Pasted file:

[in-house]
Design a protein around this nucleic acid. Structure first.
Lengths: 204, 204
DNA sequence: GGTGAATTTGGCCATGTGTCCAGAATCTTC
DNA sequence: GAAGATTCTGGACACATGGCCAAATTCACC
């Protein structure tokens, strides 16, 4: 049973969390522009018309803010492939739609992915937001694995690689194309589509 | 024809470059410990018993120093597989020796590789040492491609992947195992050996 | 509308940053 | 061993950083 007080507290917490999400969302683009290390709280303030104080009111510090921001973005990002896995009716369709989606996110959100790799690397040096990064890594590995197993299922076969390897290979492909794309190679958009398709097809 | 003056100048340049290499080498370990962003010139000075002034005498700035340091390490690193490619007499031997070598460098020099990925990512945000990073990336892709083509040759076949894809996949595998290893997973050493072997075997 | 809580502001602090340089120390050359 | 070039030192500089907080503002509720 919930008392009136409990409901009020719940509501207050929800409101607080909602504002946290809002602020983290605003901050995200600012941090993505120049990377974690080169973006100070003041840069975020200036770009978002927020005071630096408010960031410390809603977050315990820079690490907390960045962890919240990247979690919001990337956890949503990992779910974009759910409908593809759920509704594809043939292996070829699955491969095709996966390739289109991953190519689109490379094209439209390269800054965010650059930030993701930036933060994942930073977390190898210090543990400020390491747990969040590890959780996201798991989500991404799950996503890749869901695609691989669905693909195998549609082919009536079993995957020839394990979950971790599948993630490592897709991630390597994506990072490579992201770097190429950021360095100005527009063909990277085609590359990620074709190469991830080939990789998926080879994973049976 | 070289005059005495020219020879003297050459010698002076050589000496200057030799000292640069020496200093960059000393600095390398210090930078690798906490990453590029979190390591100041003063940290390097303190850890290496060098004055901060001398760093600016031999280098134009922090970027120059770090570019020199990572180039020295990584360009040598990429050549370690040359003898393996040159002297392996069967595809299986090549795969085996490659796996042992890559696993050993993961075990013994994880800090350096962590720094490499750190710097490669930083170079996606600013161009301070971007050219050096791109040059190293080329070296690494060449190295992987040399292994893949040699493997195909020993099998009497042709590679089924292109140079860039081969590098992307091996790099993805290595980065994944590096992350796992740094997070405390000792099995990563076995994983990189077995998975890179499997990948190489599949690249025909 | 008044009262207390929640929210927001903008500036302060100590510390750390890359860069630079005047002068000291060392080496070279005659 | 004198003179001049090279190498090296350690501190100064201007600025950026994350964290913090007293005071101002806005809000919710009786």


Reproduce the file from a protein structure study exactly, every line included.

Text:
[in-house]
Design a protein around this nucleic acid. Structure first.
Lengths: 204, 204
DNA sequence: GGTGAATTTGGCCATGTGTCCAGAATCTTC
DNA sequence: GAAGATTCTGGACACATGGCCAAATTCACC
């Protein structure tokens, strides 16, 4: 049973969390522009018309803010492939739609992915937001694995690689194309589509 | 024809470059410990018993120093597989020796590789040492491609992947195992050996 | 509308940053 | 061993950083 007080507290917490999400969302683009290390709280303030104080009111510090921001973005990002896995009716369709989606996110959100790799690397040096990064890594590995197993299922076969390897290979492909794309190679958009398709097809 | 003056100048340049290499080498370990962003010139000075002034005498700035340091390490690193490619007499031997070598460098020099990925990512945000990073990336892709083509040759076949894809996949595998290893997973050493072997075997 | 809580502001602090340089120390050359 | 070039030192500089907080503002509720 919930008392009136409990409901009020719940509501207050929800409101607080909602504002946290809002602020983290605003901050995200600012941090993505120049990377974690080169973006100070003041840069975020200036770009978002927020005071630096408010960031410390809603977050315990820079690490907390960045962890919240990247979690919001990337956890949503990992779910974009759910409908593809759920509704594809043939292996070829699955491969095709996966390739289109991953190519689109490379094209439209390269800054965010650059930030993701930036933060994942930073977390190898210090543990400020390491747990969040590890959780996201798991989500991404799950996503890749869901695609691989669905693909195998549609082919009536079993995957020839394990979950971790599948993630490592897709991630390597994506990072490579992201770097190429950021360095100005527009063909990277085609590359990620074709190469991830080939990789998926080879994973049976 | 070289005059005495020219020879003297050459010698002076050589000496200057030799000292640069020496200093960059000393600095390398210090930078690798906490990453590029979190390591100041003063940290390097303190850890290496060098004055901060001398760093600016031999280098134009922090970027120059770090570019020199990572180039020295990584360009040598990429050549370690040359003898393996040159002297392996069967595809299986090549795969085996490659796996042992890559696993050993993961075990013994994880800090350096962590720094490499750190710097490669930083170079996606600013161009301070971007050219050096791109040059190293080329070296690494060449190295992987040399292994893949040699493997195909020993099998009497042709590679089924292109140079860039081969590098992307091996790099993805290595980065994944590096992350796992740094997070405390000792099995990563076995994983990189077995998975890179499997990948190489599949690249025909 | 008044009262207390929640929210927001903008500036302060100590510390750390890359860069630079005047002068000291060392080496070279005659 | 004198003179001049090279190498090296350690501190100064201007600025950026994350964290913090007293005071101002806005809000919710009786």